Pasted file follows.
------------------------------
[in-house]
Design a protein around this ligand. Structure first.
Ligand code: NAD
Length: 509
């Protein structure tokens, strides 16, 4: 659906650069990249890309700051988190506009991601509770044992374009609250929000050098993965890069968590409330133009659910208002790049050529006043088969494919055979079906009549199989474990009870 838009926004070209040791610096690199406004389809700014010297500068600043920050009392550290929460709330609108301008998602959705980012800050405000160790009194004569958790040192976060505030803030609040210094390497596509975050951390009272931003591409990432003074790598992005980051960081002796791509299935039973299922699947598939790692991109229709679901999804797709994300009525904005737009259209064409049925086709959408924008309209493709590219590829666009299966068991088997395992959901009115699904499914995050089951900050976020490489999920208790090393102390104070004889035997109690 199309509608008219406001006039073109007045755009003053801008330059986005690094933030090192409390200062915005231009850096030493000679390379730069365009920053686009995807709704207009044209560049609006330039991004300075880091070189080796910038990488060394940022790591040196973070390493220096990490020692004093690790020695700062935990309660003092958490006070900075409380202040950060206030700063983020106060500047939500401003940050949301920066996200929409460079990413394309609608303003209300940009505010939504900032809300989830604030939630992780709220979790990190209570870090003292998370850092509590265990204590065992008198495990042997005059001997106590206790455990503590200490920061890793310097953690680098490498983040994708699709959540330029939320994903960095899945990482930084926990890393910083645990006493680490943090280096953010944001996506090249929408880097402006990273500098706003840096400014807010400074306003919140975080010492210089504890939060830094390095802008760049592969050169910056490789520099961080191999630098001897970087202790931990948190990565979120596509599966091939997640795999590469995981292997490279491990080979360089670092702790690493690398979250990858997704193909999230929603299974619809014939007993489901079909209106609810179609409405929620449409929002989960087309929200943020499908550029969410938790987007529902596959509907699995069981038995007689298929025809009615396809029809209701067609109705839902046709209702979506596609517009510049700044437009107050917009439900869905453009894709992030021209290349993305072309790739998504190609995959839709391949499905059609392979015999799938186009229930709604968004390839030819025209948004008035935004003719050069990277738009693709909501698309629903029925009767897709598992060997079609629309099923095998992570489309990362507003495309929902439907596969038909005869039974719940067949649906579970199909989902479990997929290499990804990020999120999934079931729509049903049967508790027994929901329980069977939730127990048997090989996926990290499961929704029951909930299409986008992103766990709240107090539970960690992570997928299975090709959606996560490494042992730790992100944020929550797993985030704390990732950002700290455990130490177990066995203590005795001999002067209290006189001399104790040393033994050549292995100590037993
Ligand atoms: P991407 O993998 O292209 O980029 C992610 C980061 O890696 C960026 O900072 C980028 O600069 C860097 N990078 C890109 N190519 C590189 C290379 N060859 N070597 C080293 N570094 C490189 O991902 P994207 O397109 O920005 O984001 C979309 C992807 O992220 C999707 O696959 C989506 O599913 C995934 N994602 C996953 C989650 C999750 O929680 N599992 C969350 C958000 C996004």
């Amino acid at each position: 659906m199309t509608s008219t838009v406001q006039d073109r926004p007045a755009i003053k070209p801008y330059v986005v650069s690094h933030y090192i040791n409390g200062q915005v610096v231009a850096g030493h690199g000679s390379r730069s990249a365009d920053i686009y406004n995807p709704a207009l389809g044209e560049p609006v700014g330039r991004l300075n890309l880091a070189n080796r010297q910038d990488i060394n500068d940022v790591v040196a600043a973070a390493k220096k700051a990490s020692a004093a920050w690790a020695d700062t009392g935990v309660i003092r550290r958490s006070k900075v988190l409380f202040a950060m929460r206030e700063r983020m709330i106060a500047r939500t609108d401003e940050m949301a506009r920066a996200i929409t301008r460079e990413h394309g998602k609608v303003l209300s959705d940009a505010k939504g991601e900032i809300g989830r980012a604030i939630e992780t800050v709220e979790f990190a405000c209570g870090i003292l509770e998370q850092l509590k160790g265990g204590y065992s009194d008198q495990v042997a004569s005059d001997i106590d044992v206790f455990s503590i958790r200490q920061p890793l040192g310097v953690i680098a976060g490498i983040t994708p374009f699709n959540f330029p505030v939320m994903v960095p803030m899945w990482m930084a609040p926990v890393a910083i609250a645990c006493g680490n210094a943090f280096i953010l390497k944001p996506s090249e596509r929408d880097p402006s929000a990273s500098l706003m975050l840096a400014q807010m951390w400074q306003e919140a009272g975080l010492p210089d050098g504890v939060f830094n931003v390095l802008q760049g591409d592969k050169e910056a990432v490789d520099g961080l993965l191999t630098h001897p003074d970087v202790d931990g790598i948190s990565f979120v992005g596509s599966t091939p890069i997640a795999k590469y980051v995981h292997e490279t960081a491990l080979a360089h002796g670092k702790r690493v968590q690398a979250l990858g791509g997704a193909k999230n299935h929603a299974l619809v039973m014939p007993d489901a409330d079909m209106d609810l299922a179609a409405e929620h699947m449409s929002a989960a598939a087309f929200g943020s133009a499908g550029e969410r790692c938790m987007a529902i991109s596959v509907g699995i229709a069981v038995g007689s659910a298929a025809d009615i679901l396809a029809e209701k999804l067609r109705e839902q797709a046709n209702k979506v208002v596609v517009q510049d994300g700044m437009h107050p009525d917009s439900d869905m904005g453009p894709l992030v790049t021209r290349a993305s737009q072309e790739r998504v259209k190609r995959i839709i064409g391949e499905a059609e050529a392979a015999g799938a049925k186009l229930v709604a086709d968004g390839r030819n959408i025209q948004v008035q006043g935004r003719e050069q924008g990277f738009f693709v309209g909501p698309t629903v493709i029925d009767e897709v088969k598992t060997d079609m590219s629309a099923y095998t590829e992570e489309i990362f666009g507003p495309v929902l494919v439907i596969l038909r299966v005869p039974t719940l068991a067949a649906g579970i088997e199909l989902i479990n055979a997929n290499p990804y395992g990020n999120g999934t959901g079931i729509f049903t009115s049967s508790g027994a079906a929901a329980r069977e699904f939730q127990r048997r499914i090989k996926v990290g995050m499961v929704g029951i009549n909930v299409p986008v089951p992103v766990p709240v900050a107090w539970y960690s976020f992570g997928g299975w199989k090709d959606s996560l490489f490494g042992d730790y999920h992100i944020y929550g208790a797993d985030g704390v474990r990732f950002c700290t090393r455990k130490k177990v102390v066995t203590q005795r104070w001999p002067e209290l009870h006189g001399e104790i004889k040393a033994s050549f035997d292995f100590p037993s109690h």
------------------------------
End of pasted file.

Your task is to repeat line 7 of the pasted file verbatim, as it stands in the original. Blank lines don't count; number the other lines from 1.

């Amino acid at each position: 659906m199309t509608s008219t838009v406001q006039d073109r926004p007045a755009i003053k070209p801008y330059v986005v650069s690094h933030y090192i040791n409390g200062q915005v610096v231009a850096g030493h690199g000679s390379r730069s990249a365009d920053i686009y406004n995807p709704a207009l389809g044209e560049p609006v700014g330039r991004l300075n890309l880091a070189n080796r010297q910038d990488i060394n500068d940022v790591v040196a600043a973070a390493k220096k700051a990490s020692a004093a920050w690790a020695d700062t009392g935990v309660i003092r550290r958490s006070k900075v988190l409380f202040a950060m929460r206030e700063r983020m709330i106060a500047r939500t609108d401003e940050m949301a506009r920066a996200i929409t301008r460079e990413h394309g998602k609608v303003l209300s959705d940009a505010k939504g991601e900032i809300g989830r980012a604030i939630e992780t800050v709220e979790f990190a405000c209570g870090i003292l509770e998370q850092l509590k160790g265990g204590y065992s009194d008198q495990v042997a004569s005059d001997i106590d044992v206790f455990s503590i958790r200490q920061p890793l040192g310097v953690i680098a976060g490498i983040t994708p374009f699709n959540f330029p505030v939320m994903v960095p803030m899945w990482m930084a609040p926990v890393a910083i609250a645990c006493g680490n210094a943090f280096i953010l390497k944001p996506s090249e596509r929408d880097p402006s929000a990273s500098l706003m975050l840096a400014q807010m951390w400074q306003e919140a009272g975080l010492p210089d050098g504890v939060f830094n931003v390095l802008q760049g591409d592969k050169e910056a990432v490789d520099g961080l993965l191999t630098h001897p003074d970087v202790d931990g790598i948190s990565f979120v992005g596509s599966t091939p890069i997640a795999k590469y980051v995981h292997e490279t960081a491990l080979a360089h002796g670092k702790r690493v968590q690398a979250l990858g791509g997704a193909k999230n299935h929603a299974l619809v039973m014939p007993d489901a409330d079909m209106d609810l299922a179609a409405e929620h699947m449409s929002a989960a598939a087309f929200g943020s133009a499908g550029e969410r790692c938790m987007a529902i991109s596959v509907g699995i229709a069981v038995g007689s659910a298929a025809d009615i679901l396809a029809e209701k999804l067609r109705e839902q797709a046709n209702k979506v208002v596609v517009q510049d994300g700044m437009h107050p009525d917009s439900d869905m904005g453009p894709l992030v790049t021209r290349a993305s737009q072309e790739r998504v259209k190609r995959i839709i064409g391949e499905a059609e050529a392979a015999g799938a049925k186009l229930v709604a086709d968004g390839r030819n959408i025209q948004v008035q006043g935004r003719e050069q924008g990277f738009f693709v309209g909501p698309t629903v493709i029925d009767e897709v088969k598992t060997d079609m590219s629309a099923y095998t590829e992570e489309i990362f666009g507003p495309v929902l494919v439907i596969l038909r299966v005869p039974t719940l068991a067949a649906g579970i088997e199909l989902i479990n055979a997929n290499p990804y395992g990020n999120g999934t959901g079931i729509f049903t009115s049967s508790g027994a079906a929901a329980r069977e699904f939730q127990r048997r499914i090989k996926v990290g995050m499961v929704g029951i009549n909930v299409p986008v089951p992103v766990p709240v900050a107090w539970y960690s976020f992570g997928g299975w199989k090709d959606s996560l490489f490494g042992d730790y999920h992100i944020y929550g208790a797993d985030g704390v474990r990732f950002c700290t090393r455990k130490k177990v102390v066995t203590q005795r104070w001999p002067e209290l009870h006189g001399e104790i004889k040393a033994s050549f035997d292995f100590p037993s109690h």